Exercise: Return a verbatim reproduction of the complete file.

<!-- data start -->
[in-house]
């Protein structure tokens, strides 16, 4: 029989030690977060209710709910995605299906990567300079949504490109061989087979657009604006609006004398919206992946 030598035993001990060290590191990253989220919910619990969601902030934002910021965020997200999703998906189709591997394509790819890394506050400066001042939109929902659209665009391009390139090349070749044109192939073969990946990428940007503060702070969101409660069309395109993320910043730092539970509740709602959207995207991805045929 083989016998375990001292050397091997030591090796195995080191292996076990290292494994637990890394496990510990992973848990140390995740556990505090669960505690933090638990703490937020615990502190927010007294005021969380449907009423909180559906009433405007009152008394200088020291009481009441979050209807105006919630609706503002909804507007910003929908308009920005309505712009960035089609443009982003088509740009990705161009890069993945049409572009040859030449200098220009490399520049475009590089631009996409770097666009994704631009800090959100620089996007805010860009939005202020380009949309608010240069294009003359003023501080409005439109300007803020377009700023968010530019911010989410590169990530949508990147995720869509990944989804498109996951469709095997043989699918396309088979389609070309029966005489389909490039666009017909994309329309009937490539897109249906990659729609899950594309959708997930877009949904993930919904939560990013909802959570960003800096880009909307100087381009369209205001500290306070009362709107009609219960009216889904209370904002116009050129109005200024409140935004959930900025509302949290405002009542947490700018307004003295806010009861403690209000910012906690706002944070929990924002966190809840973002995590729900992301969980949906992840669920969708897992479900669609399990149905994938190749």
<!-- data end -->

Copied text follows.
[in-house]
């Protein structure tokens, strides 16, 4: 029989030690977060209710709910995605299906990567300079949504490109061989087979657009604006609006004398919206992946 030598035993001990060290590191990253989220919910619990969601902030934002910021965020997200999703998906189709591997394509790819890394506050400066001042939109929902659209665009391009390139090349070749044109192939073969990946990428940007503060702070969101409660069309395109993320910043730092539970509740709602959207995207991805045929 083989016998375990001292050397091997030591090796195995080191292996076990290292494994637990890394496990510990992973848990140390995740556990505090669960505690933090638990703490937020615990502190927010007294005021969380449907009423909180559906009433405007009152008394200088020291009481009441979050209807105006919630609706503002909804507007910003929908308009920005309505712009960035089609443009982003088509740009990705161009890069993945049409572009040859030449200098220009490399520049475009590089631009996409770097666009994704631009800090959100620089996007805010860009939005202020380009949309608010240069294009003359003023501080409005439109300007803020377009700023968010530019911010989410590169990530949508990147995720869509990944989804498109996951469709095997043989699918396309088979389609070309029966005489389909490039666009017909994309329309009937490539897109249906990659729609899950594309959708997930877009949904993930919904939560990013909802959570960003800096880009909307100087381009369209205001500290306070009362709107009609219960009216889904209370904002116009050129109005200024409140935004959930900025509302949290405002009542947490700018307004003295806010009861403690209000910012906690706002944070929990924002966190809840973002995590729900992301969980949906992840669920969708897992479900669609399990149905994938190749």